So, since I have been speculating throughout this blog post, I am guessing you are saying to yourself - Why bother? Anyone I give my card to will be able to get in touch with me - right? Perhaps, but think about when you give out cards. You are usually at a meeting where you have met someome new, at a trade show, a networking event, etc.. Chances are that many of the people you are handing them to do not know you all that well. And, the easier you make it for these folks to find and research your credentials, the higher likelihood you will convert them from suspects to prospects.
The next generation of property due diligence professionals and our future customers are from the web generation. These millenials have had access to technology from the moment they were born. They leverage social media, they are influenced by trends, and they do the majority of their personal and professional business online. Do you think they want to do business with someone they perceive as like them or someone who is not? This time, I will leave it to you to speculate.
The next time you need to order cards, remember they have two sides. Use them both.
On Super Bowl Sunday, I am about as excited as my kids are on Halloween.
One reason is because it is fully understood that I am going to watch at least 90% of a football game no matter who is playing. The second is, I love to watch all the commercials. I am completely entrigued to know if the company who spent $3M for a 30 second slot during the game got a quantifiable return on investment.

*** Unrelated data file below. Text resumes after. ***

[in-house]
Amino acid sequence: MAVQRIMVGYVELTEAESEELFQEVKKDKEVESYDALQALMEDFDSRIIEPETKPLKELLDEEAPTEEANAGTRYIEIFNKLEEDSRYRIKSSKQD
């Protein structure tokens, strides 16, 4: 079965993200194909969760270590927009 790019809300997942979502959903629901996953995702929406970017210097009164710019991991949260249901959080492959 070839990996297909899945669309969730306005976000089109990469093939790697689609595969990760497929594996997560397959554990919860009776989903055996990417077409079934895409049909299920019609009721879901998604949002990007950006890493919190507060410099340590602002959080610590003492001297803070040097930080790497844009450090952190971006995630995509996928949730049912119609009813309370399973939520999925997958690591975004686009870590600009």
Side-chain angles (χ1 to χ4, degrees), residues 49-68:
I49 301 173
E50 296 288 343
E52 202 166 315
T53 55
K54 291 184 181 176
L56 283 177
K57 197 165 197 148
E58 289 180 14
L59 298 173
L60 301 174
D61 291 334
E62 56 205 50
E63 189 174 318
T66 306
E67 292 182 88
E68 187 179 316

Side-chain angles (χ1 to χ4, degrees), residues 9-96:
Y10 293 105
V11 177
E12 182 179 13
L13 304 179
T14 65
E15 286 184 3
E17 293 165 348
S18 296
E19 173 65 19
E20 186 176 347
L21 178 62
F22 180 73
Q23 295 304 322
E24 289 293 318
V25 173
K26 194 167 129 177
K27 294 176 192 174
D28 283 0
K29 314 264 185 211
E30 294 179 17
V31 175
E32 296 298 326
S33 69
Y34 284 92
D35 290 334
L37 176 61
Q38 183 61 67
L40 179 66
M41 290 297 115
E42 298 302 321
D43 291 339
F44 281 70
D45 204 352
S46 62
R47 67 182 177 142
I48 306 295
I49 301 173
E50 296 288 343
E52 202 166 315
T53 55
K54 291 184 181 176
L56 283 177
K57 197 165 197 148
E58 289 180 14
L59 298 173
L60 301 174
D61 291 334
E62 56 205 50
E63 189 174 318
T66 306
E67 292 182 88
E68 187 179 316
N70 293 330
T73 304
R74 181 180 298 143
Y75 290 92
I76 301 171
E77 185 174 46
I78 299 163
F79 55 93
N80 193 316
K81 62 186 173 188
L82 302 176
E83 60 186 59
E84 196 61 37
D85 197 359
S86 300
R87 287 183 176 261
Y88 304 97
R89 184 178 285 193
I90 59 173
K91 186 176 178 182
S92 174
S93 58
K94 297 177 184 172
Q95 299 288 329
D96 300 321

This year, user generated advertising made a huge leap. The Doritos ad, which was created by a couple of unemployed brothers as part of a contest by Frito Lay, was recognized as the top commercial during Super Bowl by the USA Today. It is a significant achievement as the ad was not created by some boutique ad agency in downtown New York City, it was created for next to nothing by Doritos customers. By creating a contest, Frito Lay was able to leverage the collective creativity of the masses to create a commercial versus relying on just the top creative folks that out there working on many campaigns at once.
Imagine what some of these top creative thinkers were thinking today about being beat out on the worlds biggest stage by a few amateurs? I can only imagine.
As we in the environmental and property due diligence market think about how to stretch our limited budgets, there are a few very basic social lessons that can be learned here.
1) Even in a down economy, people like, sorry, I mean love to laugh
2) Youtube and other social sites make it very valuable and easy to leverage the masses to create and share content
3) You might be pleasantly surprised how many of your customers might be willing to participate in campaigns on your behalf if you ask and they might create something beyond your wildest expectations.